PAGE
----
The first half of Saturday’s match against Queens Park Rangers had me rubbing my forehead and temples with frustration, disbelief, and most of all, confusion as to why Louis van Gaal was still sending out a 5-3-2 formation.
Firstly, I know that some would argue the formation United use is actually a 3-5-2 or a 3-4-1-2, but a wing-back is essentially just an outside back who also has to take on the responsibility of an outside midfielder as well. And in the modern age of outside defenders, players like Branislav Ivanovic, Patrice Evra, and Dani Alves – all technically deployed as outside fullbacks – still fill the role of a wing-back, while each playing in their respective flat-four defensive formation that do in fact use wingers or outside midfielders as well. Thus, to me, calling the position “wing-back” is simply a justification for the elimination of attacking wingers – at least in United’s case.
Moving on. During the first half of yesterday’s match, I couldn’t help but feel that the main issue with the Red Devils’ attack was a missing player in the midfield. Too often did Wayne Rooney and Juan Mata collect the ball, look around for a quick pass, and see no teammate within twenty feet of themselves. Michael Carrick, as great of a holding midfielder as he is, sets himself up directly in front of the defensive line and primarily fills the role of a midfield “sweeper” or a deep lying play-maker who is not as much involved in the offensive scheme as he is in ensuring defensive stability (these days, at least). The offense lacked width, and the one player who could provide the team with such width – Angel Di Maria – was wastefully used as a striker with barely any dribbling room, which many would argue is his greatest asset. I counted several times where Rooney, oddly playing as a pure central midfielder yet again, fed Di Maria the ball on the edge of the 18 yard box with no room to turn, and immediately lost the ball to the QPR defenders (I also question why Rooney played in midfield and Di Maria as a forward, when clearly their preferred and most dominant positions would be the opposite, but we’ll get to that later).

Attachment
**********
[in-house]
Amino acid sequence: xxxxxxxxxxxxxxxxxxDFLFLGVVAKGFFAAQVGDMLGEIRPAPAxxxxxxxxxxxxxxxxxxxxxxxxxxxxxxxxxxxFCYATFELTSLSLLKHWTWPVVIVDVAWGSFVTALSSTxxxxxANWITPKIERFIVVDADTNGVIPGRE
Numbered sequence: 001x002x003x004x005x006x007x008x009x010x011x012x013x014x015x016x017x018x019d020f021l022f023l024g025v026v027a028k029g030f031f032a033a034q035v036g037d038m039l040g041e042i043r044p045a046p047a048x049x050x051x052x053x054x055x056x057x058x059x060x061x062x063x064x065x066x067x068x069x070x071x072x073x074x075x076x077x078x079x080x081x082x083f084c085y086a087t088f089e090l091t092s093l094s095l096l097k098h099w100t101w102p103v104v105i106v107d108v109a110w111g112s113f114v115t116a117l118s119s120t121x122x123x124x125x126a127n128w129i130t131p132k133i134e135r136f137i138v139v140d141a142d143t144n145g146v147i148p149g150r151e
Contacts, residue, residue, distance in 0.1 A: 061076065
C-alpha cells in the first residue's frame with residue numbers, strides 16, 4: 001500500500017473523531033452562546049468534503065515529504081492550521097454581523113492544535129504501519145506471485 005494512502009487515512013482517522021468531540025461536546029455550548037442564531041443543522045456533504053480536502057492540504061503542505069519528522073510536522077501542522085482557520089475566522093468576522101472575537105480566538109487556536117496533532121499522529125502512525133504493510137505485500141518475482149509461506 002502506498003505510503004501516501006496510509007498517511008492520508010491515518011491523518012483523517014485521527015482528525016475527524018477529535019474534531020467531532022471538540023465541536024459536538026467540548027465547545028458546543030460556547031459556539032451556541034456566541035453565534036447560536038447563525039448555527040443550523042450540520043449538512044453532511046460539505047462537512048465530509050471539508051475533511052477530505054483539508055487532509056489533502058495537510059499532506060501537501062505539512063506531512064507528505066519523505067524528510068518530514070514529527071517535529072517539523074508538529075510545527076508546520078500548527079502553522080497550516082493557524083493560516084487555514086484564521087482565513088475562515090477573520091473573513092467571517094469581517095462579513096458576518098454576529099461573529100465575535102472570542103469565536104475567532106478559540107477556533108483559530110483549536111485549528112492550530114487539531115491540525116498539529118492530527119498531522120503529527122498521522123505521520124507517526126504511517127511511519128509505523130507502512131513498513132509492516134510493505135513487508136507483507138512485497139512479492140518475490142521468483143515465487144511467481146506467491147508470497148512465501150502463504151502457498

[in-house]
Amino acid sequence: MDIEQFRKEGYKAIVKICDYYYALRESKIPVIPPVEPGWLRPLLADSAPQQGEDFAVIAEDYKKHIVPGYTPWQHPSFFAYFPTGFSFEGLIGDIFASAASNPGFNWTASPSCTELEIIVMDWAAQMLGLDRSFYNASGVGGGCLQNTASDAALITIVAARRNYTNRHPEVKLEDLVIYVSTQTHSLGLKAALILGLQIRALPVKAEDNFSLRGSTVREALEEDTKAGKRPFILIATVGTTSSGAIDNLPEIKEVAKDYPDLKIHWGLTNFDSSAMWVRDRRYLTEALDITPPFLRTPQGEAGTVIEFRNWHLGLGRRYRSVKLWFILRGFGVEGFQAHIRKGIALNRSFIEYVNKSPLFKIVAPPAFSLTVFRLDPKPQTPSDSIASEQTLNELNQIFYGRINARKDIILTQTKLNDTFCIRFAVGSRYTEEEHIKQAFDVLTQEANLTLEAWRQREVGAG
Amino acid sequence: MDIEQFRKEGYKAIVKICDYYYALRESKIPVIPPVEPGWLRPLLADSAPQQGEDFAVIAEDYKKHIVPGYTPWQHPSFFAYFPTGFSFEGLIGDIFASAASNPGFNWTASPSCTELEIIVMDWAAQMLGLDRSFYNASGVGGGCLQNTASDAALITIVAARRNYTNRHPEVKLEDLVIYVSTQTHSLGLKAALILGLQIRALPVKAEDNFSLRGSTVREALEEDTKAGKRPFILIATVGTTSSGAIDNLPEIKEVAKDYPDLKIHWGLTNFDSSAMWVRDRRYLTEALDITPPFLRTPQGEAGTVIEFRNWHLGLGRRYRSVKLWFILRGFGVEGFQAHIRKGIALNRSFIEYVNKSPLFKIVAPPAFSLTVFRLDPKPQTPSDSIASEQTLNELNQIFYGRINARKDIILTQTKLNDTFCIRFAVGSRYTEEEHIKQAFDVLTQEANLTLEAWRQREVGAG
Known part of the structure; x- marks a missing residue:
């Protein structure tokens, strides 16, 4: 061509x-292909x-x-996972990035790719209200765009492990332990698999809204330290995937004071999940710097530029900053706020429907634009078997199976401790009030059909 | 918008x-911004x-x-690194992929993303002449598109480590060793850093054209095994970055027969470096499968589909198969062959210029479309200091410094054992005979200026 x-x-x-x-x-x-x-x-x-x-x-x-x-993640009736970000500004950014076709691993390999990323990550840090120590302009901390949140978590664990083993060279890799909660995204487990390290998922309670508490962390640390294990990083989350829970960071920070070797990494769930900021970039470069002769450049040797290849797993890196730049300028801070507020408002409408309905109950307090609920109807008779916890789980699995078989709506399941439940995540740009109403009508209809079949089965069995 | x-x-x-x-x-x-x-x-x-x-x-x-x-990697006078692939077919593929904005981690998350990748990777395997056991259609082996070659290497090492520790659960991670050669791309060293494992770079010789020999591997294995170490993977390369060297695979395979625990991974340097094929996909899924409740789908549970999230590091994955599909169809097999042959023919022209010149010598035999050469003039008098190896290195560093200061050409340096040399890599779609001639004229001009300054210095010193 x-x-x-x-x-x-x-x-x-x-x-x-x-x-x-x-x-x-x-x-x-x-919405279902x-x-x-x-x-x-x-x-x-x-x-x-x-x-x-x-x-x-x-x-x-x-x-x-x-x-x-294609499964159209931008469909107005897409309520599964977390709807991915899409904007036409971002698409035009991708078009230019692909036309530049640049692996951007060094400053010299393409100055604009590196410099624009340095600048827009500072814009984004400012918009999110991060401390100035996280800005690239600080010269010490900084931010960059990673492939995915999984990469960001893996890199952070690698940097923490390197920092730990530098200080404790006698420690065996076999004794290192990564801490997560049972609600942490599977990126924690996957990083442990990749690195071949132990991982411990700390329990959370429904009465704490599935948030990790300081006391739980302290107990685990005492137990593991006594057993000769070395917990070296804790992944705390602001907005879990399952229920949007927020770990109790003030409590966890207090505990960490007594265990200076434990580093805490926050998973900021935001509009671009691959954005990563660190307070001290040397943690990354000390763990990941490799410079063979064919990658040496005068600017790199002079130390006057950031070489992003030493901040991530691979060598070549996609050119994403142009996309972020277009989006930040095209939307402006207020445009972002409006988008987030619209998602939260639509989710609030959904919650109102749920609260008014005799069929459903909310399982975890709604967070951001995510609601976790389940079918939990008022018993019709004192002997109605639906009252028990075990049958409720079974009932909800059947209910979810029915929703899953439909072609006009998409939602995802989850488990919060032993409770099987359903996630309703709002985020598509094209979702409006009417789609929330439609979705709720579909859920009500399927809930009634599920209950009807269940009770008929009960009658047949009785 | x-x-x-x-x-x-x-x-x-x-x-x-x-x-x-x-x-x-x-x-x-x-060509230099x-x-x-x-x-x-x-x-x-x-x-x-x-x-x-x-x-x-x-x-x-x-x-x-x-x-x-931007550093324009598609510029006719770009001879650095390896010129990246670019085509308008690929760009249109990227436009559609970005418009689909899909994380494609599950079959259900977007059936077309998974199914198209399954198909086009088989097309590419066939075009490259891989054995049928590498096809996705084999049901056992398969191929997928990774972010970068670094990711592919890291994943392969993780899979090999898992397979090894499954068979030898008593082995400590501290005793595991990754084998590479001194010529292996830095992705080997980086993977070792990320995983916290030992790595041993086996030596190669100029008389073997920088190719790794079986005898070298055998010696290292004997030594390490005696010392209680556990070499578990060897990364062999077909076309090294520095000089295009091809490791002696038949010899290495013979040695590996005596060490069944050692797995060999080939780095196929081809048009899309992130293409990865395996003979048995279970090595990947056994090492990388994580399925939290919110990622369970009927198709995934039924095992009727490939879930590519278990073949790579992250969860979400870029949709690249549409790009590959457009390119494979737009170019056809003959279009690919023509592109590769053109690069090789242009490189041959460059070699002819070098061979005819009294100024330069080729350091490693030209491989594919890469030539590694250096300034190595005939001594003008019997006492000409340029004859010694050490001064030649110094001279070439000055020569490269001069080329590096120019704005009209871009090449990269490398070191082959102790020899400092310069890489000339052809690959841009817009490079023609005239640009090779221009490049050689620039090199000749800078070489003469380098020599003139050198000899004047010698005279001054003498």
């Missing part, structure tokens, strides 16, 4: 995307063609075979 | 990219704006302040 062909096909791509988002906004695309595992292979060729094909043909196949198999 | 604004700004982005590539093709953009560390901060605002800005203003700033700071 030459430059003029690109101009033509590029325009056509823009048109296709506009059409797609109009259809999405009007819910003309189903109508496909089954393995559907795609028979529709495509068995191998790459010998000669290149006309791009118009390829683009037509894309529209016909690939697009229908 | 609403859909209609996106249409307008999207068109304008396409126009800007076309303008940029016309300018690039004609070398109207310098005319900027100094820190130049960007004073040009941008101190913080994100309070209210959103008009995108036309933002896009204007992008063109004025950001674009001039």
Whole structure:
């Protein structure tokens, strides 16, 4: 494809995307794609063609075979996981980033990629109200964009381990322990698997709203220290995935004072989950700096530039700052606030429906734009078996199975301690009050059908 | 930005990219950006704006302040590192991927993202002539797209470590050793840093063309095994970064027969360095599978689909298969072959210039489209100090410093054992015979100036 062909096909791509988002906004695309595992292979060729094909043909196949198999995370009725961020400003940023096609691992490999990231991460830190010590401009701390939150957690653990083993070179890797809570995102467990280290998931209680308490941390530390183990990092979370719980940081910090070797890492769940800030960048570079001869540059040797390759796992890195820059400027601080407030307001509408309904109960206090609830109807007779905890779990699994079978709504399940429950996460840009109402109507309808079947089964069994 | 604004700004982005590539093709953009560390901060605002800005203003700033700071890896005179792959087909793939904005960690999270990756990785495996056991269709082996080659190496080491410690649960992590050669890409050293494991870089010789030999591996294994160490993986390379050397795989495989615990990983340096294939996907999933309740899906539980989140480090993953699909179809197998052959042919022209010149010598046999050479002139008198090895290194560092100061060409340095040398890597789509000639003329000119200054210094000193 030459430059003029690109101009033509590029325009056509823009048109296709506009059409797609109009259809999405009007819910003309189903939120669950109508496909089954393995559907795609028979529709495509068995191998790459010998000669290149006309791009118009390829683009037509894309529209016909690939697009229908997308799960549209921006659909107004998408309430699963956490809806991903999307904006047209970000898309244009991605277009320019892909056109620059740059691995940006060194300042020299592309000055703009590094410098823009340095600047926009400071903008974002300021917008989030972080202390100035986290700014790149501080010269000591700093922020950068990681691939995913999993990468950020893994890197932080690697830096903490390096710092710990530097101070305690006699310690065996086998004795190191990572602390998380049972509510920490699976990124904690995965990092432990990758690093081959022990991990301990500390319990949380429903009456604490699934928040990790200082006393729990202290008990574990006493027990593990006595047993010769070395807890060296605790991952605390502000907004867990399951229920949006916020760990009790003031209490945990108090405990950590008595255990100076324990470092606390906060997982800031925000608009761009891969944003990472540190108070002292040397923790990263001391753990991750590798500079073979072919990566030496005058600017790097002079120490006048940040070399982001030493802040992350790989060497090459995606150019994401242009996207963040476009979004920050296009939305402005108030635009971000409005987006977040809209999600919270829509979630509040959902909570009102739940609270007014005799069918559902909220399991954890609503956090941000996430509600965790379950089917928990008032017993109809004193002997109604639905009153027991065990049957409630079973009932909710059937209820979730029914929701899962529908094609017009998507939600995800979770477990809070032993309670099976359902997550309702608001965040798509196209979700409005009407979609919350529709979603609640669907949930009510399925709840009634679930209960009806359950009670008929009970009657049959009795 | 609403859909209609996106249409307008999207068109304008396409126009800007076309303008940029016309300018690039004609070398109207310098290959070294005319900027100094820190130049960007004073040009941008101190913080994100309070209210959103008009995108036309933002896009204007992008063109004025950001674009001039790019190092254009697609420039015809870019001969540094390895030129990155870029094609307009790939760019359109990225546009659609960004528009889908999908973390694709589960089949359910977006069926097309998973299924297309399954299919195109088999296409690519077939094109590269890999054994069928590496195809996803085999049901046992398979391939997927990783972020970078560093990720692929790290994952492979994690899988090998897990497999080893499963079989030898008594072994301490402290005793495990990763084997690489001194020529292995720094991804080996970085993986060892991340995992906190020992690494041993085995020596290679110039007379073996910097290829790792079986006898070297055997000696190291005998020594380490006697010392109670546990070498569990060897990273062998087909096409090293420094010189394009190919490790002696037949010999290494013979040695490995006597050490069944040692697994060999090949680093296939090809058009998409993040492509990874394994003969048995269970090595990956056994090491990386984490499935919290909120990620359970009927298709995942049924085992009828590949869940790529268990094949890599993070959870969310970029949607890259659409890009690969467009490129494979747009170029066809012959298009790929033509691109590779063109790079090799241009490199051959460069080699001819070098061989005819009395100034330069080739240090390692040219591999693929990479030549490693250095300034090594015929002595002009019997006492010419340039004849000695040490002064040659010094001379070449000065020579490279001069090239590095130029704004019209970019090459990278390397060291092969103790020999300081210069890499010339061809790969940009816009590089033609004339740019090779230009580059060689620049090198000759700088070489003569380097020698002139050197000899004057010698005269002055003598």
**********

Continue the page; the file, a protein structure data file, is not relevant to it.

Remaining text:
As United’s midfielders swung the ball from side to side, there was no channel running, slow off-the-ball movement, and surprisingly common passing errors, one of which had lead to an impressive volley from Charlie Austin that forced David De Gea into a phenomenal flying save. There were few scoring opportunities, and the shots that did hit the target were far from those of the attacking prowess one would expect when seeing a lineup consisting of Rooney, Mata, Di Maria, and Falcao. And as the first half dwindled down, I felt United were almost lucky to still be in a deadlock – something I used to rarely say about this team.
The second half started similarly, with the introduction of Marouanne Fellaini in exchange for Mata not doing much to help the flow of the game. But after ten minutes of rather useless play, van Gaal must have finally realized that maybe, just maybe, it was time to ditch the five-man defensive formation and add another attacking player. Swapping Johnny Evans for young James Wilson and shifting to a 4-4-2 formation proved immediately effective, with Fellaini getting on the end of a low Antonio Valencia cross just two minutes later and putting the Red Devils ahead. From then on, it seemed the team had regained its confidence, maintaining midfield possession and generally looking more comfortable with the ball. Of course, there were a few errors that led to QPR breakaways and goal-scoring opportunities, but no one would argue that the shift to the 4-4-2 formation made the team play any worse. And in the end, it was wonderful to see Wilson score his first away goal in a United (senior squad) shirt.
So, what can we learn from the game against QPR? Clearly, the 3-5-2 doesn’t have a future in the United squad (right?). By playing three center-backs, two wing-backs, and a defensive holding midfielder, van Gaal uses six primarily defensive players while leaving four offensive players to attack Premier League defenses that generally consist of four defenders and at least one holding midfielder. The lack of width (yes, I don’t consider Blind and Valencia’s positioning just ahead of the back three to be width) leaves the front four players outnumbered with less quick passing options, thus losing the ball rather quickly as we saw so often yesterday. And as I mentioned earlier, there were barely any channel runs that opened up opportunities for the forwards. I would assume that van Gaal is attempting to play Di Maria in the same role as Arjen Robben played for the Netherlands squad during last summer’s World Cup – hanging just behind the striker with license to run wild with the ball. But the Argentine doesn’t look too comfortable in that role, and would be much better suited as a central or outside midfielder/winger – a position he excelled in at Real Madrid and the Argentine national team over the past few years. And as solid of a central midfielder as Rooney is, swapping Di Maria and Rooney’s positions might yield some better play and perhaps more goal scoring opportunities.
At the end of the day, the team collected three well earned points and hopefully a few hard-hitting lessons as well. It seems that just about every United fan is begging for a switch back to either a 4-4-2 or 4-3-3 formation (or any similar variations). But the only man who seems to be against such change permanently is the only one who matters. We’ll just have to wait and see what King Louis has in store for us next week.